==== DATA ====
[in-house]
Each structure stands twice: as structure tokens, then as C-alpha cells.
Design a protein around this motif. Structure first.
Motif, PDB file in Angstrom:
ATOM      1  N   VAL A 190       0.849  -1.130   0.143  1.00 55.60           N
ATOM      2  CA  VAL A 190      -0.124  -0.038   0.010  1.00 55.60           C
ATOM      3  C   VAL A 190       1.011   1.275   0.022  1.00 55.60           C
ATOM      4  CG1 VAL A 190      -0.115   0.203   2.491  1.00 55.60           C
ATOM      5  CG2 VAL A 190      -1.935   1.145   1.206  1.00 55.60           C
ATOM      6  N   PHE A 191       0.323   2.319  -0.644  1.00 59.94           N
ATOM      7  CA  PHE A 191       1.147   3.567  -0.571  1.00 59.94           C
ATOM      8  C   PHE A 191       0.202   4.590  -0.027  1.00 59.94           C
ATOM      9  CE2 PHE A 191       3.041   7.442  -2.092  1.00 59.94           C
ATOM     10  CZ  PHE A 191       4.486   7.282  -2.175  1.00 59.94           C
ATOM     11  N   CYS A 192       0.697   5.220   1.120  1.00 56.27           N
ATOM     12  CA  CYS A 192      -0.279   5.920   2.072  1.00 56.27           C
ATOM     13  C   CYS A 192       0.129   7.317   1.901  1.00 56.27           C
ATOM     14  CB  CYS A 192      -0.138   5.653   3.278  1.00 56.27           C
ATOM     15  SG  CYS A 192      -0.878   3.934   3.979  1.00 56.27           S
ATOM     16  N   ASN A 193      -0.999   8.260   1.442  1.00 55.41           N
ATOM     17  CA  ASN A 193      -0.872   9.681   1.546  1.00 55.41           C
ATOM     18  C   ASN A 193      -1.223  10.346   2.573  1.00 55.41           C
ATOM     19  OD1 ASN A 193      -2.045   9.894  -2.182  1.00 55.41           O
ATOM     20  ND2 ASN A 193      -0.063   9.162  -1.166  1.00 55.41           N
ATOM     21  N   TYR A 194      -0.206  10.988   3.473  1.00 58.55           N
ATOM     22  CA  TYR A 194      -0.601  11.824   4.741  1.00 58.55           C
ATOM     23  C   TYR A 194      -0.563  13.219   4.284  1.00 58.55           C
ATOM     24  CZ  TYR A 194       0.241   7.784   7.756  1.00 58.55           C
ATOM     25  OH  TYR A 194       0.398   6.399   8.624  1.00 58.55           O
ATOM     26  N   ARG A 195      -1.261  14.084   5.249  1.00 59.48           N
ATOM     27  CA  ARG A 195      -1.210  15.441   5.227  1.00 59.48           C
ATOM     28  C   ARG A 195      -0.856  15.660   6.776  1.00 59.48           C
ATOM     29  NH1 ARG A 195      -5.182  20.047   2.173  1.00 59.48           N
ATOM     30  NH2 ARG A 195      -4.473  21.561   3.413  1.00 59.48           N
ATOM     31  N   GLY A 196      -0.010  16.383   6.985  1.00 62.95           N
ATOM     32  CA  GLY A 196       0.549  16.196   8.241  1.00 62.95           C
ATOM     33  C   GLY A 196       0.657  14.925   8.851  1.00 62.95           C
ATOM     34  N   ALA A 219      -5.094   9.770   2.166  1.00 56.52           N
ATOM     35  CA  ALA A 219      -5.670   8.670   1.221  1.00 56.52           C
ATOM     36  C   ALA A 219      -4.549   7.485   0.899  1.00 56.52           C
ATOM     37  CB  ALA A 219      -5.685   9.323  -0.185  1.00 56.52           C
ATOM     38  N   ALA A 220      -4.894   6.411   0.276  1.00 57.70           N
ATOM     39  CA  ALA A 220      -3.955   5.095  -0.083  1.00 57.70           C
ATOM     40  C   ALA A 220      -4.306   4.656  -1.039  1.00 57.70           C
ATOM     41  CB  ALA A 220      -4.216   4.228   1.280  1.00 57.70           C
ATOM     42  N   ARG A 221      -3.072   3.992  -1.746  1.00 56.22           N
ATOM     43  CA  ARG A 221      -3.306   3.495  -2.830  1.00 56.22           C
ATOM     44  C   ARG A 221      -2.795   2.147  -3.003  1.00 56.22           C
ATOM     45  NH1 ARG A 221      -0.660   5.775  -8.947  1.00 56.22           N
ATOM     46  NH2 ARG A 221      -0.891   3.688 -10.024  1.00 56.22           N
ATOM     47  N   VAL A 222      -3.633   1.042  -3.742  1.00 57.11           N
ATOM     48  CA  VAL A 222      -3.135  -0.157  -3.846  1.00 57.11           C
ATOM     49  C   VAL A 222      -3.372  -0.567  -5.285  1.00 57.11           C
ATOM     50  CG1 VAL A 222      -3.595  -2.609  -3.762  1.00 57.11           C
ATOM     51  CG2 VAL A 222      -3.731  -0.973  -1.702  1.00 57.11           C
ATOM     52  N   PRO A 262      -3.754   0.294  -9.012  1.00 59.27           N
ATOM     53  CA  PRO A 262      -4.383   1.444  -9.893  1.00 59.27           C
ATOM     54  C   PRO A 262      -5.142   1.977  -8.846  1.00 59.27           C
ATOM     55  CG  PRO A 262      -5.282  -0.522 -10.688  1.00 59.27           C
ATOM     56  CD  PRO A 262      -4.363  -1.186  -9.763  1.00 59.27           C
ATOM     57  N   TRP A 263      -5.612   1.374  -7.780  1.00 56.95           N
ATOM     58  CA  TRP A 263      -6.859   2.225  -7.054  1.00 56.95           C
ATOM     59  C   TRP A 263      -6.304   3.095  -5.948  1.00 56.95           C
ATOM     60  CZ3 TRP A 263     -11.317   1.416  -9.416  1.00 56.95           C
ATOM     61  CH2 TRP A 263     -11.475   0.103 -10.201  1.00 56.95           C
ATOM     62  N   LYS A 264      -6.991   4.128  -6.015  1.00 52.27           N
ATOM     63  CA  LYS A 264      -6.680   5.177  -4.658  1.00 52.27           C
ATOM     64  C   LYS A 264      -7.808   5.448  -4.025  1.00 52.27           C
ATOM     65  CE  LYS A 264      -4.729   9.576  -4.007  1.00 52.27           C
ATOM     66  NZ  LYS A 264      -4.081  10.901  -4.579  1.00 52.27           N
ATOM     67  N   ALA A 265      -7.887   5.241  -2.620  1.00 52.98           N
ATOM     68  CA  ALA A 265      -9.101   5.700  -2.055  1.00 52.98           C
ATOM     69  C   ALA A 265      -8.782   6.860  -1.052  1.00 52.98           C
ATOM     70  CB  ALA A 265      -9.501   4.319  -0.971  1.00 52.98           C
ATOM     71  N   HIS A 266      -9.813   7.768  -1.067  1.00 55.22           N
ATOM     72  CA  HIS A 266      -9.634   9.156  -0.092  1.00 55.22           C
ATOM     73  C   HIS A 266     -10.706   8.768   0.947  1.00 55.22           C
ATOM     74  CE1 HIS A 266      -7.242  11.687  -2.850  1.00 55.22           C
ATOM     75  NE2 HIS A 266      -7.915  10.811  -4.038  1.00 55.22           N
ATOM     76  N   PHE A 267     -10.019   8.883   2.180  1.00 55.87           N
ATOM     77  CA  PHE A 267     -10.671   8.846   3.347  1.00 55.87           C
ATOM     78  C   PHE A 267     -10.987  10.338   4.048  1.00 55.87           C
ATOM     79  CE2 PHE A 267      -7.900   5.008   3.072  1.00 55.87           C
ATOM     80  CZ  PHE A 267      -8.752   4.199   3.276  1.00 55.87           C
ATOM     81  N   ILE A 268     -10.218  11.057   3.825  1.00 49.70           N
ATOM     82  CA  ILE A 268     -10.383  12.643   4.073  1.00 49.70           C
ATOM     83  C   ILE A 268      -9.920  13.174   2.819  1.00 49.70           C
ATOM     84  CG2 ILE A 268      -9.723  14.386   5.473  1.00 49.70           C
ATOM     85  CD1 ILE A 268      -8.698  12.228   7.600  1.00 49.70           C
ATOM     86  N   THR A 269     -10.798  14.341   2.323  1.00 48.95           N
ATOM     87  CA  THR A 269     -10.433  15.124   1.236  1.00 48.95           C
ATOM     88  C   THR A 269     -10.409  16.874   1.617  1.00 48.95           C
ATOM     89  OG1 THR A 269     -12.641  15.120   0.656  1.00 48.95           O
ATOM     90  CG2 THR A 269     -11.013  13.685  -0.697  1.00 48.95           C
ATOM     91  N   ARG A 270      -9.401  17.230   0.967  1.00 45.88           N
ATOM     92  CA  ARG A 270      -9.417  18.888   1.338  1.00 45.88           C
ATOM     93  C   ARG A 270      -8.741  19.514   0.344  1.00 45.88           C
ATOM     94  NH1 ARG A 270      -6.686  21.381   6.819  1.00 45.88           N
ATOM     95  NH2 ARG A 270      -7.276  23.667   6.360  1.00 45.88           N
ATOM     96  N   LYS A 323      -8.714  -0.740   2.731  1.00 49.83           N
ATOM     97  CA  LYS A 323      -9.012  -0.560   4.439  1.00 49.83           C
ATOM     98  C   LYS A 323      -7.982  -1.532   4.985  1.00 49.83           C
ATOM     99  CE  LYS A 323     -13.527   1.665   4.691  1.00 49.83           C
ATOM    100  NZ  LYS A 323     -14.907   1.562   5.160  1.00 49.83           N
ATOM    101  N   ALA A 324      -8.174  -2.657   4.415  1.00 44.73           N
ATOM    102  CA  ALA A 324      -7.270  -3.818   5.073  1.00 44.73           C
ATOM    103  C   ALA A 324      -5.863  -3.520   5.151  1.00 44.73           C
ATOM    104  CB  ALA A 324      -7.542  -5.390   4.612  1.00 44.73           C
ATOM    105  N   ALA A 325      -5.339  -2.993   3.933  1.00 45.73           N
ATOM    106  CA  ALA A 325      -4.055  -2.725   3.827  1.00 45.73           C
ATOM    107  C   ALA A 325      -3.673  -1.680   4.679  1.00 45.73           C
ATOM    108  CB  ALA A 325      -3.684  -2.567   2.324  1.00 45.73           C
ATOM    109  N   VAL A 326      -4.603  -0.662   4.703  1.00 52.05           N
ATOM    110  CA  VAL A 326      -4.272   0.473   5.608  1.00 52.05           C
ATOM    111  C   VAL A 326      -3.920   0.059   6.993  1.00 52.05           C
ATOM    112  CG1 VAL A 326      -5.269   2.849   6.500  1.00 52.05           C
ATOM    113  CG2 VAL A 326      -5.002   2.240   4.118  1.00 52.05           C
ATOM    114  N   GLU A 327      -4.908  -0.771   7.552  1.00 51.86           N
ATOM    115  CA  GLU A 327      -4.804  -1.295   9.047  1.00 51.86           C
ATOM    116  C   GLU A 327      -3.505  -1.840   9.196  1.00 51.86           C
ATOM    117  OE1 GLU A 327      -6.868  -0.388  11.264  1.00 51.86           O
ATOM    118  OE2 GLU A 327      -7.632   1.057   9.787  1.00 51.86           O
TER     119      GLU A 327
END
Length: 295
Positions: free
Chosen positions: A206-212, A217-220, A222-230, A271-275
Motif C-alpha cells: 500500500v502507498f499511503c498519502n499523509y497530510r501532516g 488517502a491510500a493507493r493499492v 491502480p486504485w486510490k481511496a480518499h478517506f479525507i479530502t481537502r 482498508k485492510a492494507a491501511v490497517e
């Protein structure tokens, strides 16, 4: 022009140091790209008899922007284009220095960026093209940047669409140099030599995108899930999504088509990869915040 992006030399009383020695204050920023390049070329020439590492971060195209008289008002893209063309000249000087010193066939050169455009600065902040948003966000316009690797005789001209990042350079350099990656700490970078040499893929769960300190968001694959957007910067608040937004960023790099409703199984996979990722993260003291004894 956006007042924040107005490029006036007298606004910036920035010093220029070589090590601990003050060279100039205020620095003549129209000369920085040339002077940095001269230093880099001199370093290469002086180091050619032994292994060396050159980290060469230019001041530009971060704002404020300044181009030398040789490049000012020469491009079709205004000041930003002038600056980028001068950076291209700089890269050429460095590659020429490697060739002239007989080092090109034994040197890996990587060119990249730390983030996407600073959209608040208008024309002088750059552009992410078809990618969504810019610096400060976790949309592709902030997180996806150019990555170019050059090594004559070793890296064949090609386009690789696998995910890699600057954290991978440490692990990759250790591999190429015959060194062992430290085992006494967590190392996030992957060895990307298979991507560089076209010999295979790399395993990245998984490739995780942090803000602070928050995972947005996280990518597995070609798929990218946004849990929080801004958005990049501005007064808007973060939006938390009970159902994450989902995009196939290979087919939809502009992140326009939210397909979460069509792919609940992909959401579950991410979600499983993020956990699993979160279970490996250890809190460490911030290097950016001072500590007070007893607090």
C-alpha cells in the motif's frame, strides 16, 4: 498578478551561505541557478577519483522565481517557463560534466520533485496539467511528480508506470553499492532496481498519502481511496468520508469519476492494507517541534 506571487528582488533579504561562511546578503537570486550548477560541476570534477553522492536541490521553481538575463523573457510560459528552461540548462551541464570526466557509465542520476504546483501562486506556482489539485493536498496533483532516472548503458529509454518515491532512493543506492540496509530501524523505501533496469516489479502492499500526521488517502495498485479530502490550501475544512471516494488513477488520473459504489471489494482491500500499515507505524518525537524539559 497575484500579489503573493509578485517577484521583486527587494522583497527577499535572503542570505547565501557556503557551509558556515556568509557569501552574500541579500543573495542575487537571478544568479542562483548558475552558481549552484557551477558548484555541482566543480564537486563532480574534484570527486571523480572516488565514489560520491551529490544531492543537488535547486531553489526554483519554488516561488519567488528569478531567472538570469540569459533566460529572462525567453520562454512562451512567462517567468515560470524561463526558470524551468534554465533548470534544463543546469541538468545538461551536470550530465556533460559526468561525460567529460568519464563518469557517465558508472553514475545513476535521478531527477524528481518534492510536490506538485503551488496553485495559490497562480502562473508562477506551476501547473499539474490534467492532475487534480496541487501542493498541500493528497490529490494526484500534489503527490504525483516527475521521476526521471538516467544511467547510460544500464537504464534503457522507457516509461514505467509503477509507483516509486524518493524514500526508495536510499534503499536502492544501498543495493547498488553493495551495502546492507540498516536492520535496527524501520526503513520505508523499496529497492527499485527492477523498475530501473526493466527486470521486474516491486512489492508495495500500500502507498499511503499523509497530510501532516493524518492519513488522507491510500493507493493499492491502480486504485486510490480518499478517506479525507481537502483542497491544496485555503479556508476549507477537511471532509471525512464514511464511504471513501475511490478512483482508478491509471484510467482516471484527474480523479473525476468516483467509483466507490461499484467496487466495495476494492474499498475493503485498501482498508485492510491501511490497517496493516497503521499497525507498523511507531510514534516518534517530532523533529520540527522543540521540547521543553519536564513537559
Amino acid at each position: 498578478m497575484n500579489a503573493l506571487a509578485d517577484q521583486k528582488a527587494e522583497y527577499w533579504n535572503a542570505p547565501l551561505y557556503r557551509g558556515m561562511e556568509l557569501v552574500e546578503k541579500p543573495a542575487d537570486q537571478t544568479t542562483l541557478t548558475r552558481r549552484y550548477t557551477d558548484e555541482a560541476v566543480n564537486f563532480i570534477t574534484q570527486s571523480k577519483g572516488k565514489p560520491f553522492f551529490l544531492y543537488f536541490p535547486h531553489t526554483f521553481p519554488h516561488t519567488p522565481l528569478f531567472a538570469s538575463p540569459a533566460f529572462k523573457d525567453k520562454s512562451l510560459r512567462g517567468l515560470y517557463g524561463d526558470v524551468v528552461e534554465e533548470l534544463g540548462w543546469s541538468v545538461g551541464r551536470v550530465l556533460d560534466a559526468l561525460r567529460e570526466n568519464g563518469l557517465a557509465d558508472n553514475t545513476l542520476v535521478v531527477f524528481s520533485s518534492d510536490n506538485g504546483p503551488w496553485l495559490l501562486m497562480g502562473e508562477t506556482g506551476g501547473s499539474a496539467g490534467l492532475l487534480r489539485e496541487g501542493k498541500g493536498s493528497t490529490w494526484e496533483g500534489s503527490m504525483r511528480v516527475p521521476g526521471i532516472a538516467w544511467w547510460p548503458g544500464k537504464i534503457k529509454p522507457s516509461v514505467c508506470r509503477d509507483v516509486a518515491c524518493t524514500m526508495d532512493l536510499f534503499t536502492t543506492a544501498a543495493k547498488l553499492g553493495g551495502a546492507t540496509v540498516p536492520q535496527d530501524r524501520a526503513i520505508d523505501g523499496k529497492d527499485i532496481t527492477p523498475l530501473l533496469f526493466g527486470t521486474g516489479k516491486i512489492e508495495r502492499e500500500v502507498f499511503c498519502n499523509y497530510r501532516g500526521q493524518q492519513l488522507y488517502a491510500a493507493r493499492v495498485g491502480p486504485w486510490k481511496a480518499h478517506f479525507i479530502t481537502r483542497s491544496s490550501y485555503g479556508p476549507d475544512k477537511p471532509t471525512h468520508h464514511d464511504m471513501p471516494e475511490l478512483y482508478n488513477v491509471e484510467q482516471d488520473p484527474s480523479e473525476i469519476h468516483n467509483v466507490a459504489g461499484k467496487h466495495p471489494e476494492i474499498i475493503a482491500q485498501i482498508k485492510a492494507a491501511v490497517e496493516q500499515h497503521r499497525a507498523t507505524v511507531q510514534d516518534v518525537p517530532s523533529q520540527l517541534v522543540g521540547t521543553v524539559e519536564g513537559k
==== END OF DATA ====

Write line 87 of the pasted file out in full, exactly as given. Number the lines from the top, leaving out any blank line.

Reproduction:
ATOM     83  C   ILE A 268      -9.920  13.174   2.819  1.00 49.70           C